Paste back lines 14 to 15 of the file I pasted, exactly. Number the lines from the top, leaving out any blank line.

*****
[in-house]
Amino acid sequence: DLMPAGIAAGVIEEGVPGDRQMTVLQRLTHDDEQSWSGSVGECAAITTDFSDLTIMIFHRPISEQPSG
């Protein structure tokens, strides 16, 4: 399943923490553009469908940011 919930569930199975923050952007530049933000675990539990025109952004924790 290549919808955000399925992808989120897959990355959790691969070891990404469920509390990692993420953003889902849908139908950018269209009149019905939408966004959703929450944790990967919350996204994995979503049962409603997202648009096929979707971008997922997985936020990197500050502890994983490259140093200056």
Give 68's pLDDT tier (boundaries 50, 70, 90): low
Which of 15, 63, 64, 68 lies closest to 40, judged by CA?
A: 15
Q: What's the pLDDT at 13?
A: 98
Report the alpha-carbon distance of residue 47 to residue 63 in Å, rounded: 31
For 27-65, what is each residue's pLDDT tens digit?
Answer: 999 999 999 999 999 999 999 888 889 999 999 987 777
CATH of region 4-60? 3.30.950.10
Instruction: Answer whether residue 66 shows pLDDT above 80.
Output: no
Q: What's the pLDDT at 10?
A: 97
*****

Output: no
Q: What's the pLDDT at 10?